The superior court found that a father had a history of committing domestic violence, and it therefore established benchmarks for him to meet before he could begin supervised visitation with his children. The father did not appeal that decision. He nonetheless sought to relitigate the domestic violence finding in subsequent proceedings, but the superior court ruled that relitigation of the issue was barred by collateral estoppel. Following an extended evidentiary hearing, the superior court found that the father had met the benchmarks set by the earlier order and conditionally granted his request that he be allowed to begin supervised visitation. But the superior court also said that because of the “challenging” nature of the case it could not approve a visitation plan without more detail, such as the identity of individuals willing to act as counselors and visitation coordinators and how the parties would pay for their services. The father appealed the superior court’s order granting in part his motion for supervised visitation, including its application of collateral estoppel to the earlier finding of domestic violence. Because the Alaska Supreme Court concluded that the superior court did not abuse its broad discretion or otherwise err in this custody case, it affirmed the visitation order. View "Robert A. v. Tatiana D." on Justia Law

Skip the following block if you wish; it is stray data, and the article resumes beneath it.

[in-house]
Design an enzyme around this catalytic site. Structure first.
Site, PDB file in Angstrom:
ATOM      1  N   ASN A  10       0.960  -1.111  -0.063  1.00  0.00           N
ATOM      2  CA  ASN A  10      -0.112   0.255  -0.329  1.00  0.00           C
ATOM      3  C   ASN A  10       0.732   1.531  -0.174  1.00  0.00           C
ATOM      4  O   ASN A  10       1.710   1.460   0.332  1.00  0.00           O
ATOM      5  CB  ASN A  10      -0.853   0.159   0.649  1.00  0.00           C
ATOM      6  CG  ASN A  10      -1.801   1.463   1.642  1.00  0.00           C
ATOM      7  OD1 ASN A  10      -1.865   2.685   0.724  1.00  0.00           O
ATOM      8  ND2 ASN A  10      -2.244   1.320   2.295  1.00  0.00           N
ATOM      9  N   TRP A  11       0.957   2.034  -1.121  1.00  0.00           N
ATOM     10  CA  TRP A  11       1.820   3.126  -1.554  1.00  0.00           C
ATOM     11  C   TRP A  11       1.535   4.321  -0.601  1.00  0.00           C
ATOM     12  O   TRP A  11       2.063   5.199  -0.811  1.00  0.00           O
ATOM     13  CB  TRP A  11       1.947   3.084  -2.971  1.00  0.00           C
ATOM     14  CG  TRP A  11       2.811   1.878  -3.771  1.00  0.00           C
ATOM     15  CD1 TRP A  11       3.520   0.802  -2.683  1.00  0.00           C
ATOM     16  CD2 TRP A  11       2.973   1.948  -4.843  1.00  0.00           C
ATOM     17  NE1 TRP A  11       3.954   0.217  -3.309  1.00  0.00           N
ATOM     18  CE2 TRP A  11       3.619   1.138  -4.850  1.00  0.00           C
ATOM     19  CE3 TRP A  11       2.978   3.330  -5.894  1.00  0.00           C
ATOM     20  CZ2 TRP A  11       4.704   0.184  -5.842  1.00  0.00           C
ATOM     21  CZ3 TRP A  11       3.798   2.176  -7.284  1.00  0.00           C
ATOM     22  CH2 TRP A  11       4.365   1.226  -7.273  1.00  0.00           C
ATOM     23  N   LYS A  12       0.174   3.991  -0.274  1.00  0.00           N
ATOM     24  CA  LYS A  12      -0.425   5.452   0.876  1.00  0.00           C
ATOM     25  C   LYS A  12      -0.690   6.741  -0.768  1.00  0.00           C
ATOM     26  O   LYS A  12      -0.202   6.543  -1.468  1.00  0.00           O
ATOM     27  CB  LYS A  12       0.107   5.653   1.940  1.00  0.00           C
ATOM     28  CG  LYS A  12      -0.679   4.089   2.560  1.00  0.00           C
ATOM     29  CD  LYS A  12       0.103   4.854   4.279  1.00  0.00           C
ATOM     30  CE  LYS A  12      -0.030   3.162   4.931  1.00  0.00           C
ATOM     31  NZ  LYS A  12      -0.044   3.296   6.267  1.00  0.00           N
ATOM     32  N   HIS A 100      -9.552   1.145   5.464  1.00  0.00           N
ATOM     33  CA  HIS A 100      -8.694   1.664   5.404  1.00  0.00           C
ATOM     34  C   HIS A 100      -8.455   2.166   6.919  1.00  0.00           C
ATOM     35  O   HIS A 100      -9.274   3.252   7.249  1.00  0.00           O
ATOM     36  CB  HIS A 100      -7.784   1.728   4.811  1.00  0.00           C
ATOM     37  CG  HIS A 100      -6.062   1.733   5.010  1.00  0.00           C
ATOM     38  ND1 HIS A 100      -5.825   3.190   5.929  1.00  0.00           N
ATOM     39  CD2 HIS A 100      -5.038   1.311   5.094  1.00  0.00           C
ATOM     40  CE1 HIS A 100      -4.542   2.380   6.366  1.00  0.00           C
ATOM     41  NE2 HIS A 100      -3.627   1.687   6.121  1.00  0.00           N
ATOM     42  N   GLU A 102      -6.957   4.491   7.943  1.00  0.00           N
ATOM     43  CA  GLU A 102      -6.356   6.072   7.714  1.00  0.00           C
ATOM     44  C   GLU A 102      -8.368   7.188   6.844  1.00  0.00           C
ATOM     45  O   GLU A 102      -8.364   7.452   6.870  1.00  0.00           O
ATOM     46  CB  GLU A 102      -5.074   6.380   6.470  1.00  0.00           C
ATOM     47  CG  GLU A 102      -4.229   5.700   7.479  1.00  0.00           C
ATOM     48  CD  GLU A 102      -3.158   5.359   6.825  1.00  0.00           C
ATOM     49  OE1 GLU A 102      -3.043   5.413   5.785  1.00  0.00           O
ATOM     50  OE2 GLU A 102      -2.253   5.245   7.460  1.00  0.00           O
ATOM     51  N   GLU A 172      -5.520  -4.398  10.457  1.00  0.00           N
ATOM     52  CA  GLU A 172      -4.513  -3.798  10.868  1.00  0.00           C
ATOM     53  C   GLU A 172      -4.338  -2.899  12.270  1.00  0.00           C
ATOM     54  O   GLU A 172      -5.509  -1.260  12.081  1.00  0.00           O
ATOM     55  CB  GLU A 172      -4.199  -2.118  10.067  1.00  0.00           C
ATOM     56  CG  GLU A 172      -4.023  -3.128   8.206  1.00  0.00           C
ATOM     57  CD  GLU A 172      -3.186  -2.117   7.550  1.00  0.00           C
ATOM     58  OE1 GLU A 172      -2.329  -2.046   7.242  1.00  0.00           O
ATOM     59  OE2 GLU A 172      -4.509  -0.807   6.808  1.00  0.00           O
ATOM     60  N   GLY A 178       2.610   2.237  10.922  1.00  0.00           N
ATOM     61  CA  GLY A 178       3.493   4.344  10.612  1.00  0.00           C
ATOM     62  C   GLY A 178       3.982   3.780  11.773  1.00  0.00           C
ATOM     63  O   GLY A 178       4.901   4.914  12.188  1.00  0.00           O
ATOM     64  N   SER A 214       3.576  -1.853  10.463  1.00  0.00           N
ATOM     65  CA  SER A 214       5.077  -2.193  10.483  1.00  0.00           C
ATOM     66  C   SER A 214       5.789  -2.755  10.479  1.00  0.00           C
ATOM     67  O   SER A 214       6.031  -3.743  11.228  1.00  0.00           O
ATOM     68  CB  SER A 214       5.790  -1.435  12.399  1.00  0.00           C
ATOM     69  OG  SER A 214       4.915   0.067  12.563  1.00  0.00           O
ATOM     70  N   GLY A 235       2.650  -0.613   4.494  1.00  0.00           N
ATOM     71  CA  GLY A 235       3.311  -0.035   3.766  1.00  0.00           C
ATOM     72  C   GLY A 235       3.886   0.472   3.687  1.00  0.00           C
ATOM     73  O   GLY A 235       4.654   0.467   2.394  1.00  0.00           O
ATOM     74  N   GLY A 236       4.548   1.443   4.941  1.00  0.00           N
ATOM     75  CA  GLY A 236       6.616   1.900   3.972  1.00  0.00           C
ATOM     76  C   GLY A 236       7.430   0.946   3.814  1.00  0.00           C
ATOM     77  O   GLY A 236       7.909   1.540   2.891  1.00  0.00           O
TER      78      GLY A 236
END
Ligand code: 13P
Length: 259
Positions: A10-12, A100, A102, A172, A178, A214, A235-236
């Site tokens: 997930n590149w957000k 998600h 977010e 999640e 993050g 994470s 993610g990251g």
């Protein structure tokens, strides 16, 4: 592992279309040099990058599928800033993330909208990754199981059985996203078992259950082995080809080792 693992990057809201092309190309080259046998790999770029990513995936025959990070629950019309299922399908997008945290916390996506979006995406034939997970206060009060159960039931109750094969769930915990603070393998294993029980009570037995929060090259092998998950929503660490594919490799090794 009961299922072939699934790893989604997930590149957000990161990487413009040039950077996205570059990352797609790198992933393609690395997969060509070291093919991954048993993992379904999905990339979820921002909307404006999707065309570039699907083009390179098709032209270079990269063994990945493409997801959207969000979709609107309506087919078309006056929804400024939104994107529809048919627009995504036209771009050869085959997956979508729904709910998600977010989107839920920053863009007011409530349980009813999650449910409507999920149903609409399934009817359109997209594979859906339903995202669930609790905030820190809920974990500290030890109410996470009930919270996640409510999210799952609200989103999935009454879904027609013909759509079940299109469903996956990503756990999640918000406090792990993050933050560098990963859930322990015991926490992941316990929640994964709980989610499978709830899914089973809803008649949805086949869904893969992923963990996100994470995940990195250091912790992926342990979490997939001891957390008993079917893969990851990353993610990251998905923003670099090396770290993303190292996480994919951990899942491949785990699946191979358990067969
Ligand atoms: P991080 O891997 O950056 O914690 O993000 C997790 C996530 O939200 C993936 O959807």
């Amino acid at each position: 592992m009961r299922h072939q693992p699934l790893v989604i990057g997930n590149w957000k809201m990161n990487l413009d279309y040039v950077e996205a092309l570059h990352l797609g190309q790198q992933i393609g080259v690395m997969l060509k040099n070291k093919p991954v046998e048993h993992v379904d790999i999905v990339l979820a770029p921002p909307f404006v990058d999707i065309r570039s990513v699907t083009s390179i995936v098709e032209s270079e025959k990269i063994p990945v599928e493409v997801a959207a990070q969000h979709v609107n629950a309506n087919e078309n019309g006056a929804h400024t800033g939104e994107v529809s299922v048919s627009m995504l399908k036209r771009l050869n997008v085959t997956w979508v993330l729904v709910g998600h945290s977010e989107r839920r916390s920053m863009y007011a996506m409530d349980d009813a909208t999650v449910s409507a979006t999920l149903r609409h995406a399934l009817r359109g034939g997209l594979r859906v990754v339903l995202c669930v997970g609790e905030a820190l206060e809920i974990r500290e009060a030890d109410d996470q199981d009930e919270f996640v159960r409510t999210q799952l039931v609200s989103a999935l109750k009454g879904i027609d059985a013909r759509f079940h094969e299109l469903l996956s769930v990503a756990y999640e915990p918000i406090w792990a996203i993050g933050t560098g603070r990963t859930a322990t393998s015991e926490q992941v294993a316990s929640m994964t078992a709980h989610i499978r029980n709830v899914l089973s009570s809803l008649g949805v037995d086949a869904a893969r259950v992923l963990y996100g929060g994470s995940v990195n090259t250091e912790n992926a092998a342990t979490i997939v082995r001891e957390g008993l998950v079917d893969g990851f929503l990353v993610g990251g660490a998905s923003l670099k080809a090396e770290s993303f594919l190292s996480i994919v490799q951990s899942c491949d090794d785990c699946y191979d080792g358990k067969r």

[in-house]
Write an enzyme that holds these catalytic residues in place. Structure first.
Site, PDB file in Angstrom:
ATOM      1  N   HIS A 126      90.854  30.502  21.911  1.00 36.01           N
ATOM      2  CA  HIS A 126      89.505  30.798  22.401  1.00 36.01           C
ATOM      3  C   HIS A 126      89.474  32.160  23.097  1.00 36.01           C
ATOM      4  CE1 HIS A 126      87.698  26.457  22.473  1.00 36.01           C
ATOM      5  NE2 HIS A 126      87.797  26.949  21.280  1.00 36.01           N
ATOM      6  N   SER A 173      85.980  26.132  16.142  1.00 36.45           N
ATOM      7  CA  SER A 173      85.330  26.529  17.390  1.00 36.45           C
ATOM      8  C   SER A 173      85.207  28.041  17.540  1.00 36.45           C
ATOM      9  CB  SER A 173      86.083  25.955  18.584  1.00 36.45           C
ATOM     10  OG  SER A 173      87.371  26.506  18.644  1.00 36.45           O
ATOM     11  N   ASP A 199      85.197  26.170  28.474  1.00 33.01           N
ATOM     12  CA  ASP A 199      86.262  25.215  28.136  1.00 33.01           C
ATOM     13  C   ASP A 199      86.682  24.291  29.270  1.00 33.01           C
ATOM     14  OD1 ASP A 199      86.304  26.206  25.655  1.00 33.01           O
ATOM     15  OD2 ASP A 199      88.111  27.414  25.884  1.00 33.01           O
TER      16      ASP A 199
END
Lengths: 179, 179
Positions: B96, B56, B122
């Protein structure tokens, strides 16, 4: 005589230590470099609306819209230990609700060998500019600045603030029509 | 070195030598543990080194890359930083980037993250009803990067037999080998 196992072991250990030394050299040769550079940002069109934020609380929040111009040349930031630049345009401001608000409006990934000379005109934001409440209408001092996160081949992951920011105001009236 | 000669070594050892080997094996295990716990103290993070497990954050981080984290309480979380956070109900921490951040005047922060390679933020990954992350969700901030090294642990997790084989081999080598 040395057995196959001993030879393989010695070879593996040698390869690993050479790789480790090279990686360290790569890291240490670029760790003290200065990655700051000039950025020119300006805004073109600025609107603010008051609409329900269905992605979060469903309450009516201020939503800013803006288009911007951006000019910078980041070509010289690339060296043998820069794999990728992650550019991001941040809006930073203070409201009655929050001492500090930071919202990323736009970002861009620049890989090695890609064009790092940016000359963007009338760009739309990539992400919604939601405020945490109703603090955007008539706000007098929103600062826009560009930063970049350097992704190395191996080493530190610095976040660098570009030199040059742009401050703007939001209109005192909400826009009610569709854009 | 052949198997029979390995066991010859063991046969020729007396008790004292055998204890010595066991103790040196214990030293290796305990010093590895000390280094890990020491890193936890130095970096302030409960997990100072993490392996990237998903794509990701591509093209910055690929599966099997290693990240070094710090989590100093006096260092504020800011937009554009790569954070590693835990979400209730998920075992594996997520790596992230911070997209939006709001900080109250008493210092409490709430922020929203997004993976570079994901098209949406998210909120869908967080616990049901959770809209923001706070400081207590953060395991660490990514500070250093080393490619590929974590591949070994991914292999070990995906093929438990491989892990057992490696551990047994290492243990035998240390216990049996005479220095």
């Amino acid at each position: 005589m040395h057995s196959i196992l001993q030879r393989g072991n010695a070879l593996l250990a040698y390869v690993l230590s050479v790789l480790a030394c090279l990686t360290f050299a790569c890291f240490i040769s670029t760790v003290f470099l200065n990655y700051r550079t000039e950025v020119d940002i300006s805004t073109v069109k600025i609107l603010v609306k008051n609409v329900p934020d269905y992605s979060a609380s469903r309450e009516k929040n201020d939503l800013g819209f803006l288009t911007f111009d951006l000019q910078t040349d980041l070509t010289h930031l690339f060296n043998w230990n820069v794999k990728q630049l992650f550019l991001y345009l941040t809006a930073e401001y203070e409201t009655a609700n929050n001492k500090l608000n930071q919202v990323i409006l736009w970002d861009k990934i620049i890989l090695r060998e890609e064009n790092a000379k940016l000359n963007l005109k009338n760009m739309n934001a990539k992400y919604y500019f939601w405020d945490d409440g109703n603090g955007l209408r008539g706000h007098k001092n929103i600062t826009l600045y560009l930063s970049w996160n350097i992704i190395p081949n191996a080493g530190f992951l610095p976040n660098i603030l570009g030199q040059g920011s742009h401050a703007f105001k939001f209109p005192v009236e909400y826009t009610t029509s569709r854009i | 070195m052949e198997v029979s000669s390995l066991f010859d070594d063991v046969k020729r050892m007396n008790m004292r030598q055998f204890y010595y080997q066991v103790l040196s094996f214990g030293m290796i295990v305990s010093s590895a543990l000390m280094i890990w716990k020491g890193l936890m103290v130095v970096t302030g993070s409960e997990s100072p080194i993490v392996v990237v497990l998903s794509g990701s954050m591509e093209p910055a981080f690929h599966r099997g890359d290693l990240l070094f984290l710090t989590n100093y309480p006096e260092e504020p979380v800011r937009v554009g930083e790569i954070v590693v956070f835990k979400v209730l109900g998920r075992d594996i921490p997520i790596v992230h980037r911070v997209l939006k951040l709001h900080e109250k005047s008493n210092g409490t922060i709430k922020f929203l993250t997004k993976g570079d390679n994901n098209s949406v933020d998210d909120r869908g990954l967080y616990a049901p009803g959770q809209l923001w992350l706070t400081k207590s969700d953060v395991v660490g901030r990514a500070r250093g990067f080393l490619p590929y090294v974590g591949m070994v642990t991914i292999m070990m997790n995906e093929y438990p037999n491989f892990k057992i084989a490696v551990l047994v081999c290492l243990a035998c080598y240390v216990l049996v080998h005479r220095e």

In the Matter of April S.
An Alaska Native teenage minor affiliated with the Native Village of Kotzebue (Tribe) was taken into custody by the Office of Children’s Services (OCS) and placed at a residential treatment facility in Utah. She requested a placement review hearing after being injured by a facility staff member. At the time of the hearing, the minor’s mother wanted to regain custody. At the hearing the superior court had to make removal findings under the Indian Child Welfare Act (ICWA), as well as findings authorizing continued placement in a residential treatment facility under Alaska law. At the hearing, the minor’s Utah therapist testified as a mental health professional. The minor, as well as her parents and the Tribe, objected to the witness being qualified as an ICWA expert, but the superior court allowed it. The minor argued the superior court erred in determining that the witness was qualified as an expert for the purposes of ICWA. Because the superior court correctly determined that knowledge of the Indian child’s tribe was unnecessary in this situation when it relied on the expert’s testimony for its ICWA findings, the Alaska Supreme Court affirmed. View "In the Matter of April S." on Justia Law
Edna K. v. Jeb S.